There are compromises moving to a low-cost Android. Cheaper phones don’t do as much. For many people the most noticeable difference is in the camera. Although the Oppo R9s has a great camera for a $700 phone, it doesn’t hold a candle to iPhone. Nor is Oppo’s camera software as easy to use as Apple’s.
If you don’t care for photography, this won’t matter. If you do, then you could save a decent amount of money towards paying for your next digital SLR.
You will find the R9s doesn’t feel as nice in the hand and it takes longer to perform some tasks than the iPhone. The screen isn’t as good either. While this is often harder to notice on a conscious level, it will register with your brain at some level.
If you use phones for social media more than anything else, these deficiencies may not matter. If your phone is where you get most of your work done, you may want to invest in a more powerful alternative to Apple.
Samsung, the obvious choice
For years pundits have written about Samsung’s iPhone killers. That’s a ridiculous cliche. And a crass, clickbait-driven line of thinking. Samsung is the one Android phone maker you could describe as Apple’s rival1.
Like Apple, Samsung makes beautiful hardware. Like Apple, the company innovates. While Samsung fans argue the brand innovates more than Apple, comparisons are meaningless. The two brands exist in parallel universes.
Still, the Galaxy S8 has to be at the top of any iPhone alternative list.
Once a year Apple announces new iPhone models and updates the iOS operating system. As a rule of thumb you can upgrade every Apple phone from the last couple of years to the new software without a hitch. It gets trickier with older iPhones. One more than four years old might not make the transition.
In practice, almost every iPhone owner will make the update soon the software release. The only exceptions are where key apps don’t work with the new iOS. Users may decide they’d rather have that app than new operating system features.
Google updates Android software on a similar schedule. Android phone users often don’t get to upgrade their software. Some phone makers are slack about Android updates. Huawei is notorious for this, but others can be as guilty. Even the ones who make update can be slow and they may not update all models at the same time.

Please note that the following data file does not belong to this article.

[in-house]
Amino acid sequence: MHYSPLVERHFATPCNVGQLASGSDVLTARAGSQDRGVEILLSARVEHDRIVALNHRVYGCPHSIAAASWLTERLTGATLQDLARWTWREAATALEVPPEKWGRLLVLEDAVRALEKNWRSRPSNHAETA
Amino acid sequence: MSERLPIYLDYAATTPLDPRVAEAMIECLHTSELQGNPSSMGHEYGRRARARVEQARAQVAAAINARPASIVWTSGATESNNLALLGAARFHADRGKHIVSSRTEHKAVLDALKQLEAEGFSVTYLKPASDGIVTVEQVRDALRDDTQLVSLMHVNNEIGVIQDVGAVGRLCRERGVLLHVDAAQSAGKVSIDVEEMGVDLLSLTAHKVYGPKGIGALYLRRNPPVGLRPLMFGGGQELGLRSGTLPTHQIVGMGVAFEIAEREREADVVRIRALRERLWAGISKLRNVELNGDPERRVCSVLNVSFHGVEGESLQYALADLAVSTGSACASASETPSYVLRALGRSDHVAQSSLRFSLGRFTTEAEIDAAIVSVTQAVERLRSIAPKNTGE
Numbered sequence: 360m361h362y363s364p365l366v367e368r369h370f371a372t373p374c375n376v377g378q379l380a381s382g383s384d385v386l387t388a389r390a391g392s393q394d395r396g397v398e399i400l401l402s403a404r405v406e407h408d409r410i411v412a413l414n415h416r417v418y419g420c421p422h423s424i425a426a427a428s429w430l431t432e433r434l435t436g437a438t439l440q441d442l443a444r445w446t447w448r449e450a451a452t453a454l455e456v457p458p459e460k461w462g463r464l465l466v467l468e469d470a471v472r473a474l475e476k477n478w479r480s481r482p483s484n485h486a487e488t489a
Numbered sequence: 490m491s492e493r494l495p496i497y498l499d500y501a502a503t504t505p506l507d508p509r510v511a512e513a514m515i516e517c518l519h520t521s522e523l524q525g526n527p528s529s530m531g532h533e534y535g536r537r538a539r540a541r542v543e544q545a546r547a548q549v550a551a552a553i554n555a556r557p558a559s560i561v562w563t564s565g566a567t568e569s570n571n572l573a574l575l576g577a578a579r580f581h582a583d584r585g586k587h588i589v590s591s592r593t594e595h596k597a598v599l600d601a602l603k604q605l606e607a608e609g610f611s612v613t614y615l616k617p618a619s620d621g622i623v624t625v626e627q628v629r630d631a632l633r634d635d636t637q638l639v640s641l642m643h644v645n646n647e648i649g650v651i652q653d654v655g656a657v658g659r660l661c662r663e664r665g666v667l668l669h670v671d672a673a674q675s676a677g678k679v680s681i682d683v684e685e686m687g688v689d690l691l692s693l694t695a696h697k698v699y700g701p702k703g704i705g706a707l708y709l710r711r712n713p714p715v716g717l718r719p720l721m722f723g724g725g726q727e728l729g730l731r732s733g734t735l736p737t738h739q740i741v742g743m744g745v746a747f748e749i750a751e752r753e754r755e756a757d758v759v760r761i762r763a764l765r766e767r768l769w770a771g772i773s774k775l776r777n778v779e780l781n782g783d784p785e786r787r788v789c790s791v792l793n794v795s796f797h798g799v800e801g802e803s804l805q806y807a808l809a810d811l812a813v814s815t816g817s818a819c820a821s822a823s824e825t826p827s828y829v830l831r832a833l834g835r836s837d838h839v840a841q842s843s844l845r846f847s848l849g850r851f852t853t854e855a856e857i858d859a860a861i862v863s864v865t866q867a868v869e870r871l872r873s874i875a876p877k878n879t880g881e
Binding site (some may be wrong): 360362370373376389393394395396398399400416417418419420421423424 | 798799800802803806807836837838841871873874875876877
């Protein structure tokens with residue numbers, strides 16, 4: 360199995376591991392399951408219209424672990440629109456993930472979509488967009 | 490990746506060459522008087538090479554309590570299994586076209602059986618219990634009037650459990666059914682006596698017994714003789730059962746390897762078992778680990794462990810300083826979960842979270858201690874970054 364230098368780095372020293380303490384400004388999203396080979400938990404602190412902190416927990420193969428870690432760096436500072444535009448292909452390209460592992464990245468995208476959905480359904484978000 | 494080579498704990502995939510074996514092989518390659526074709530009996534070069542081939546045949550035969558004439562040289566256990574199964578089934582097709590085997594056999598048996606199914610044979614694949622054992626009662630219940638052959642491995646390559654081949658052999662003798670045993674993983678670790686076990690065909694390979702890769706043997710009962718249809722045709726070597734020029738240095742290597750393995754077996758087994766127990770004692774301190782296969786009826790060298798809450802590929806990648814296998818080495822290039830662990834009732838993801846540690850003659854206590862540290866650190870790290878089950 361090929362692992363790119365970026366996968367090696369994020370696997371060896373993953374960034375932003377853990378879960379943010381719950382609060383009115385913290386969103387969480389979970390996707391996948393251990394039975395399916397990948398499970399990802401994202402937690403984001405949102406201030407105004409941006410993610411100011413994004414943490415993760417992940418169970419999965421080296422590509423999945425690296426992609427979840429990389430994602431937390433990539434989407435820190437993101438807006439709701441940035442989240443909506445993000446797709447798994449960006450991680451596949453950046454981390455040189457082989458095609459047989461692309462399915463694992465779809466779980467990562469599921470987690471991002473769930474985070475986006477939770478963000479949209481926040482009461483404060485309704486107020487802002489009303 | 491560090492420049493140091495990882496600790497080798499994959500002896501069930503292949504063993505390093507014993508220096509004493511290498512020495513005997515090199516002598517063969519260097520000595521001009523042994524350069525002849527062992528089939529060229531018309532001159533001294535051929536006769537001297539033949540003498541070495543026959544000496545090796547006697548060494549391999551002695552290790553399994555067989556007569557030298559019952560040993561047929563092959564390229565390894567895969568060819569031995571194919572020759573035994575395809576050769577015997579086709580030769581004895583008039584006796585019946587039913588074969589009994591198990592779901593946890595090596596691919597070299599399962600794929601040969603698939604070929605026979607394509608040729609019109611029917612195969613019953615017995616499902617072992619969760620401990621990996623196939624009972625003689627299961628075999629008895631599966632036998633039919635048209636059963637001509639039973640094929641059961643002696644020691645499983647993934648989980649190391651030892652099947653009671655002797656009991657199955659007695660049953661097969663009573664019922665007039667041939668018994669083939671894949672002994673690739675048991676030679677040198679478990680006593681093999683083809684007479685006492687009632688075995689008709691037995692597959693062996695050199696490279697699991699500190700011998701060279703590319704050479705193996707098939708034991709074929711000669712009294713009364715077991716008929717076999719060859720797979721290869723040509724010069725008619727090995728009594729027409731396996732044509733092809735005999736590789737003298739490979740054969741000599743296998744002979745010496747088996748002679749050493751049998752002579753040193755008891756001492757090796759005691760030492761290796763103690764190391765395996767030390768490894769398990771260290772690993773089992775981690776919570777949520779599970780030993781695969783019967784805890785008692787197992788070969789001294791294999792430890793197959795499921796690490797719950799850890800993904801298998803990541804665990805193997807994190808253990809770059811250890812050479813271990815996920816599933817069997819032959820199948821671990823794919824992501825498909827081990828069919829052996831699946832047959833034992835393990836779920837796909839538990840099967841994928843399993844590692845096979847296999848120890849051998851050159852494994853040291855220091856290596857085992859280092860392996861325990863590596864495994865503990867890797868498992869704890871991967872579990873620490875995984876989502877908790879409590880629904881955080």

The upshot is that many Android phone owners are on older versions of the phone operating system. This can be confusing.
Take a look at this graph from Statista. It shows the distribution of operating system versions in use in May 2017. Only seven percent are on the latest, Nougat, version of Android.
Around a third are on the previous version. About a third are on the last-but-one version. That’s a more than two-year old operating system. The remaining users are on even earlier versions.
Apart from anything else, this fragmentation spills over in to the app world. It can be a source of friction with long-time Android users although some swear it doesn’t bother them. It’s something that will confuse many people moving from Apple.
If this bothers you, but you’re committed to Android, consider buying a Google Pixel phone. Google manages the Pixel brand itself. It means you’re guaranteed to get the purest Android experience. You’ll also get timely software updates soon after Google releases the new code.
Pixel phones can be hard to find in New Zealand, although some stores stock them. They’re not cheap, expect to pay around NZ$1300.
Like it says at the top of this post, you need a good reason to move from one phone operating system to another. The transition can be painless, it may even be trouble free. Only you can decide if the cost and effort makes the move worthwhile.
Similar issues confront an Android user switching to Apple. Some people make the move without a single glance back. Others pine for a feature that Apple doesn’t offer or doesn’t do as well as on the Android phone. It’s something of a lottery.
Samsung may sell more phones that Apple. But Apple makes the real money. This is not a volume game. ↩︎